Campus & Community

Harvard-run summer camps celebrate midsummer

3 min read

Low-cost summer camps serve Boston, Cambridge youth

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At PBHA's Mid-Summer Celebration of camping in Jamaica Plain, Helen Tran, a junior counselor for Chinatown Adventure, a PBHA camp, talks enthusiastically about her experience. (Staff photo Stephanie Mitchell/Harvard News Office)

At the annual Mid-Summer Celebration of the 12 day camps run by Phillips Brooks House Association (PBHA), a student-led non-profit at Harvard College, Wednesday evening (Aug. 4), old-fashioned summertime fun took on a distinctly urban flavor. As campers from Boston and Cambridge ran sack races, tossed rings and softballs, slurped watermelon, and smeared their faces with equal parts cotton candy, face paint, and barbecue sauce, a sound system pumped out hip-hop and the Orange Line rumbled beneath Jamaica Plain’s Stony Brook Park.

The celebration brought together campers and families from among the 850 low-income children and youth served by PBHA’s Summer Urban Program (SUP) – camps that mix academics with field trips and recreation to provide safe, enriching, summer activities. To keep the cost of attending camp among the lowest of any in the area, the college-age directors from Harvard and beyond toil throughout the spring to raise money and in-kind donations.

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Recent Harvard grad Jordan Thomas '04, who directs the South Boston Outreach, describes a number of camp activities, including the "summer highlight," an overnight camping trip. (Staff photo Stephanie Mitchell/Harvard News Office)

The festivities at Stony Brook Park, however, were primarily the work of junior counselors, the force of 80 high school students, most of them former campers, who assist in all aspects of daily camp life. After several years of budget cuts had significantly reduced government funding for these positions, Harvard – through grants from the Office of Government, Community and Public Affairs and the President’s Public Service Fund – has stepped in with generous donations that match summer youth employment funds from the cities of Boston and Cambridge to provide full-time positions and training.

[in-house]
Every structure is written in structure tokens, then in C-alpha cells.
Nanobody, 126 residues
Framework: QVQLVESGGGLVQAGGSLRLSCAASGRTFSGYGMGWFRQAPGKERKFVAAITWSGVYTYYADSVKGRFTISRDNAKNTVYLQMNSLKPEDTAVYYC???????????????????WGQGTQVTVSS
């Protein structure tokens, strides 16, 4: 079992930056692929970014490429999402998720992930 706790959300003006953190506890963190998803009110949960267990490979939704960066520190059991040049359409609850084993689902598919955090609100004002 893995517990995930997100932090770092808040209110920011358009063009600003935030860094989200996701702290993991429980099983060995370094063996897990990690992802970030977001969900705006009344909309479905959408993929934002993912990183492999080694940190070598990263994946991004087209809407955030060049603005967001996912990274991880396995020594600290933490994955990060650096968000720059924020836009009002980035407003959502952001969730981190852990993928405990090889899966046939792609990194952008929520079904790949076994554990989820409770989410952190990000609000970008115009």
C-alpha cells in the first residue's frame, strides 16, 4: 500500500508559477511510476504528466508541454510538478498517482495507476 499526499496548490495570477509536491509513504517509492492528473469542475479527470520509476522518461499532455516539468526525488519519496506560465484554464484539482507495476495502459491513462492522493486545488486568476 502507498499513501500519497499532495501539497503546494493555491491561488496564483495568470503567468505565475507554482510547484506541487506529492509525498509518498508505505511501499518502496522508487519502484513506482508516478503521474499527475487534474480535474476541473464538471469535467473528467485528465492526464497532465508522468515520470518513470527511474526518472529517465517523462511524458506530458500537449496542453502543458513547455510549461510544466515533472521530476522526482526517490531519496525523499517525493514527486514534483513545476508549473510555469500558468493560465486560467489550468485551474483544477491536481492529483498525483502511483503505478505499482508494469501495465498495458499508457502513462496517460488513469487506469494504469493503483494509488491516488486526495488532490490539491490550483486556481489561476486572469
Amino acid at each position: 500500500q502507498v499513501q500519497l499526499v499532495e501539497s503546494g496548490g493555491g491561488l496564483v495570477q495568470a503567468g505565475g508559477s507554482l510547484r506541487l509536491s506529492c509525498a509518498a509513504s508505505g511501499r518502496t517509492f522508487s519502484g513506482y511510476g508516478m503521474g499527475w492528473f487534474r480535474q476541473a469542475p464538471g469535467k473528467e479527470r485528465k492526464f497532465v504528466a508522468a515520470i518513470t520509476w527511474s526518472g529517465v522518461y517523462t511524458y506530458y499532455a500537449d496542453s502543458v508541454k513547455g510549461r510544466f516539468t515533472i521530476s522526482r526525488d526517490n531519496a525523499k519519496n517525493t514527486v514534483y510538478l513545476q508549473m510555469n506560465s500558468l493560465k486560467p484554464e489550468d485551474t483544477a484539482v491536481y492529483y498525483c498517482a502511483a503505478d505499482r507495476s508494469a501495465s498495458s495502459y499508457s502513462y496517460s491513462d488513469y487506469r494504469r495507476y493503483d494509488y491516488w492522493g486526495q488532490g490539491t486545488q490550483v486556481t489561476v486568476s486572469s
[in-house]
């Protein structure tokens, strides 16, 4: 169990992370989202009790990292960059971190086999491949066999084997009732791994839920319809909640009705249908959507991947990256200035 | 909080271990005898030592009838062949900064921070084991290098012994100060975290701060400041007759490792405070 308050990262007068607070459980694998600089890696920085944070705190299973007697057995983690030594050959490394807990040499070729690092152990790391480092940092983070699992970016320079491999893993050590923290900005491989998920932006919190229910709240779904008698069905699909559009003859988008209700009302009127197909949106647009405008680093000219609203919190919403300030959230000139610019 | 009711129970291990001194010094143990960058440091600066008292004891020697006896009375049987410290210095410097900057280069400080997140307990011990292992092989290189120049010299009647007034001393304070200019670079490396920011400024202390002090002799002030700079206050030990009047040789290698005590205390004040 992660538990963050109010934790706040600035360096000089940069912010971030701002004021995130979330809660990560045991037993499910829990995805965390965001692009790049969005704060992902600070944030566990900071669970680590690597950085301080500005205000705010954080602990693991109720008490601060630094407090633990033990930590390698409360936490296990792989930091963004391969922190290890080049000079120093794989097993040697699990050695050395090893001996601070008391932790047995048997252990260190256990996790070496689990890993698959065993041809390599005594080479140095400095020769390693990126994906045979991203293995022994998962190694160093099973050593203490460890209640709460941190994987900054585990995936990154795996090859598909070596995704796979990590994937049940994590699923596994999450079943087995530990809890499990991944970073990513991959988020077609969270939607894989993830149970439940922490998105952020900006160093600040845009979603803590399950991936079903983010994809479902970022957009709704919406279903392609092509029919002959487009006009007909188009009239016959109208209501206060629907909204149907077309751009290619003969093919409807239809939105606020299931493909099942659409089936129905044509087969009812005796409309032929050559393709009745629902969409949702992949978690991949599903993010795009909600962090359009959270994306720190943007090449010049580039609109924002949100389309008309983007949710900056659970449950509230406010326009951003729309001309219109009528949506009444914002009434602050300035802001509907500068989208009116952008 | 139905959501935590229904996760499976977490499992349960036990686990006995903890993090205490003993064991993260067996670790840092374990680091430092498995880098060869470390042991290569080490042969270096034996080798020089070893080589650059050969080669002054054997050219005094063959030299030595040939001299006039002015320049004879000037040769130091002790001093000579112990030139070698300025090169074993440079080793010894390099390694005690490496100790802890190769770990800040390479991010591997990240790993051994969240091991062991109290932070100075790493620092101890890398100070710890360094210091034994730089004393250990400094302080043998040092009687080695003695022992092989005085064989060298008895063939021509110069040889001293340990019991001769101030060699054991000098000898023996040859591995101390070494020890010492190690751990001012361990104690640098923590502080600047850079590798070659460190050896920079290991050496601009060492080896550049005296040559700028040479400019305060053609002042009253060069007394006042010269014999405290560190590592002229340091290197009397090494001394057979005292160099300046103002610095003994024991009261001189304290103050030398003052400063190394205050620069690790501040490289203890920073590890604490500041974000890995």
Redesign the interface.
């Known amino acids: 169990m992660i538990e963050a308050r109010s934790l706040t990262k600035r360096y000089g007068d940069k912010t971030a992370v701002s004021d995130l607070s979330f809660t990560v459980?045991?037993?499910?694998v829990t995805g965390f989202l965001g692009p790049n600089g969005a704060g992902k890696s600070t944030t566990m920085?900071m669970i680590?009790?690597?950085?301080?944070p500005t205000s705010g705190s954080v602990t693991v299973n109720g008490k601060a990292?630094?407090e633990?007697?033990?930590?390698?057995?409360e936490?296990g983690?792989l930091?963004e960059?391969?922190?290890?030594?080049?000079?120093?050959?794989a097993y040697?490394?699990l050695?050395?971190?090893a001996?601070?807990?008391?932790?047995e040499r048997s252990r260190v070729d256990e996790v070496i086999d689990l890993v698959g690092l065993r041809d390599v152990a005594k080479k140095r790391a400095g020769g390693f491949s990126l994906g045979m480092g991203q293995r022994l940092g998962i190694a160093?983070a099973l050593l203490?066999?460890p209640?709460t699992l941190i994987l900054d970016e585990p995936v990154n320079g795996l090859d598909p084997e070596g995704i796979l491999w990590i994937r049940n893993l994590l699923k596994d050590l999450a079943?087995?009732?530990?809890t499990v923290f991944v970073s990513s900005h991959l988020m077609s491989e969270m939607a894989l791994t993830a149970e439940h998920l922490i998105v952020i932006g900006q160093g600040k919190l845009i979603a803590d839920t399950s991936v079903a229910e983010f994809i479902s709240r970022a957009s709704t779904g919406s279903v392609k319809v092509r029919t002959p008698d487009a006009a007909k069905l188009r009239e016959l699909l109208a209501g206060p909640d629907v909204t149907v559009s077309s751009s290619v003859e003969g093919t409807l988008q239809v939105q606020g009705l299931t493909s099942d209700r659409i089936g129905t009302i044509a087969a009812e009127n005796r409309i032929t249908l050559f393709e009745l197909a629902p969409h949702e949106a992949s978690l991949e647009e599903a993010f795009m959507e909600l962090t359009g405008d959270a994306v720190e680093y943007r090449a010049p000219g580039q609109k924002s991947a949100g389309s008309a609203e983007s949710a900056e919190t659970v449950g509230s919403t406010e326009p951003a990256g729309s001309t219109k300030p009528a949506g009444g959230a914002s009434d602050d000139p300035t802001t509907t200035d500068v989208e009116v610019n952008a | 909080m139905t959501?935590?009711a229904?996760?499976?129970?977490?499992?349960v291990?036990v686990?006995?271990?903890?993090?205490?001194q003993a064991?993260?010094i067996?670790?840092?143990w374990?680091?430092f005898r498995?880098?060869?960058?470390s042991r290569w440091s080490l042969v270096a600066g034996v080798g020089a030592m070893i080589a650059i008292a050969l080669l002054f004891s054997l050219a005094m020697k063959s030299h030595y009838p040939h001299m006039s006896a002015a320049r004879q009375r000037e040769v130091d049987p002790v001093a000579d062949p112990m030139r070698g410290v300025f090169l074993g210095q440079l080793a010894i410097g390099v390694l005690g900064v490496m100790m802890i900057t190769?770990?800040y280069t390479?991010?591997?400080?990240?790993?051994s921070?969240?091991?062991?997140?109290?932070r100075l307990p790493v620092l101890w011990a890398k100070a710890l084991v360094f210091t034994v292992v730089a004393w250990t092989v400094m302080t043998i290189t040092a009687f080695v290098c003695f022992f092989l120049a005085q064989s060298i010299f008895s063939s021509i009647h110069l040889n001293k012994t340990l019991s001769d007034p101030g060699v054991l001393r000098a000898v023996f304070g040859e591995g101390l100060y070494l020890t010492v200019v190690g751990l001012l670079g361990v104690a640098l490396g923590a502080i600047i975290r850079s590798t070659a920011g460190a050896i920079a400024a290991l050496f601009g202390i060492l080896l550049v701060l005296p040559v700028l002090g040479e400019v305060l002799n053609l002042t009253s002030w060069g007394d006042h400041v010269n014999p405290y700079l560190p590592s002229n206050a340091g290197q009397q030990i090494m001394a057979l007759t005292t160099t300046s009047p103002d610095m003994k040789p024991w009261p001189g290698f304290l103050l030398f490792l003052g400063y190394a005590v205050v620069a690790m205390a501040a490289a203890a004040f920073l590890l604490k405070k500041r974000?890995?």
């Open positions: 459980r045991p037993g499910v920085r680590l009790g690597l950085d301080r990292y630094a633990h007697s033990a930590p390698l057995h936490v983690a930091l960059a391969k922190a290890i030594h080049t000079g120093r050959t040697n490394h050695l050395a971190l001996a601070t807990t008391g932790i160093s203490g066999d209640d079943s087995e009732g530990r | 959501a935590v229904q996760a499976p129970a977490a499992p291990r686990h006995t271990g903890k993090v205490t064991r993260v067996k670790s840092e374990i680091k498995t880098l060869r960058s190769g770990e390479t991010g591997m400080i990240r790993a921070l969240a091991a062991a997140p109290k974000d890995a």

With the economy creeping slowly toward recovery, many junior counselors are grateful for the experience these positions provide. “It helps me out a lot,” said Rafael Feliciano, a junior counselor at the Mission Hill Summer Program, as he took a break from setting up the stage for a talent show. “It’s good to have a consistent job, for colleges and for my resume.” In addition to on-the-job skills, junior counselors get year-round counseling on topics like money management, resume writing, college selection, and SAT preparation.

From her post at the “candy in a haystack” game, Roxbury Youth Initiative junior counselor Dionna Johnson gave high marks to working with young people from her community.

“The kids are great. Just knowing that I have an impact on them keeps me running back,” said the Dorchester resident and four-year veteran of the camp. “This job is great experience. It’s keeping us out of trouble and off the streets,” Johnson added, mentioning the urban violence that’s dominated recent news reports.

Any tension that might be in the city’s streets and parks was absent Wednesday at the Mid-Summer Celebration, save for good-natured jostling in lines for food and some of the more popular games. “It’s fun,” said Shakala Hill, 11, a camper at the Franklin I-O camp in Dorchester. “We go camping and on field trips, and it’s fun playing the games.” Beside her, fellow camper Jekhare Matthews, 8, thoughtfully pondered the high point of the celebration. Burying his face in a sticky blue mound of spun sugar, he concluded, “Eating cotton candy.”

The Phillips Brooks House Association Summer Urban Program camps run for seven weeks, through August 20.